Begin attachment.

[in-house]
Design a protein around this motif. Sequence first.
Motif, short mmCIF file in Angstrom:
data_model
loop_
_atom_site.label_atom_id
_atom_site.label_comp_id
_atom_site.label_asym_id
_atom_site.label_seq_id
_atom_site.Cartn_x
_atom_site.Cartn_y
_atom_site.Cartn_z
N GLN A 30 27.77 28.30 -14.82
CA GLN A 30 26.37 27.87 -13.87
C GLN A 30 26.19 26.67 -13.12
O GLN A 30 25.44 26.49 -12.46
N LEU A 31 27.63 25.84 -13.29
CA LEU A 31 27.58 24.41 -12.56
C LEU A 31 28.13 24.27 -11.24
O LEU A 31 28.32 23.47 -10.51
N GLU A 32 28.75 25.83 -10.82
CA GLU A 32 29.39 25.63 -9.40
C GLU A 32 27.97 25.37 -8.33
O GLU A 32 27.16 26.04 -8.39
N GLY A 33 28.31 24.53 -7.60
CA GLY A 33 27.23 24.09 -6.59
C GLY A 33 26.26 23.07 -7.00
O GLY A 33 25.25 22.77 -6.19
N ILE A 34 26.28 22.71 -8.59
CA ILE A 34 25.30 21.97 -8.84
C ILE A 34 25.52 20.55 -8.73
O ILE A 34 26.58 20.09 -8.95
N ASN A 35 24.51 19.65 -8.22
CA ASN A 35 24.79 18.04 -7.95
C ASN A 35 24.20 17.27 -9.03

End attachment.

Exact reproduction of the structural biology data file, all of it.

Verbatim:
[in-house]
Design a protein around this motif. Sequence first.
Motif, short mmCIF file in Angstrom:
data_model
loop_
_atom_site.label_atom_id
_atom_site.label_comp_id
_atom_site.label_asym_id
_atom_site.label_seq_id
_atom_site.Cartn_x
_atom_site.Cartn_y
_atom_site.Cartn_z
N GLN A 30 27.77 28.30 -14.82
CA GLN A 30 26.37 27.87 -13.87
C GLN A 30 26.19 26.67 -13.12
O GLN A 30 25.44 26.49 -12.46
N LEU A 31 27.63 25.84 -13.29
CA LEU A 31 27.58 24.41 -12.56
C LEU A 31 28.13 24.27 -11.24
O LEU A 31 28.32 23.47 -10.51
N GLU A 32 28.75 25.83 -10.82
CA GLU A 32 29.39 25.63 -9.40
C GLU A 32 27.97 25.37 -8.33
O GLU A 32 27.16 26.04 -8.39
N GLY A 33 28.31 24.53 -7.60
CA GLY A 33 27.23 24.09 -6.59
C GLY A 33 26.26 23.07 -7.00
O GLY A 33 25.25 22.77 -6.19
N ILE A 34 26.28 22.71 -8.59
CA ILE A 34 25.30 21.97 -8.84
C ILE A 34 25.52 20.55 -8.73
O ILE A 34 26.58 20.09 -8.95
N ASN A 35 24.51 19.65 -8.22
CA ASN A 35 24.79 18.04 -7.95
C ASN A 35 24.20 17.27 -9.03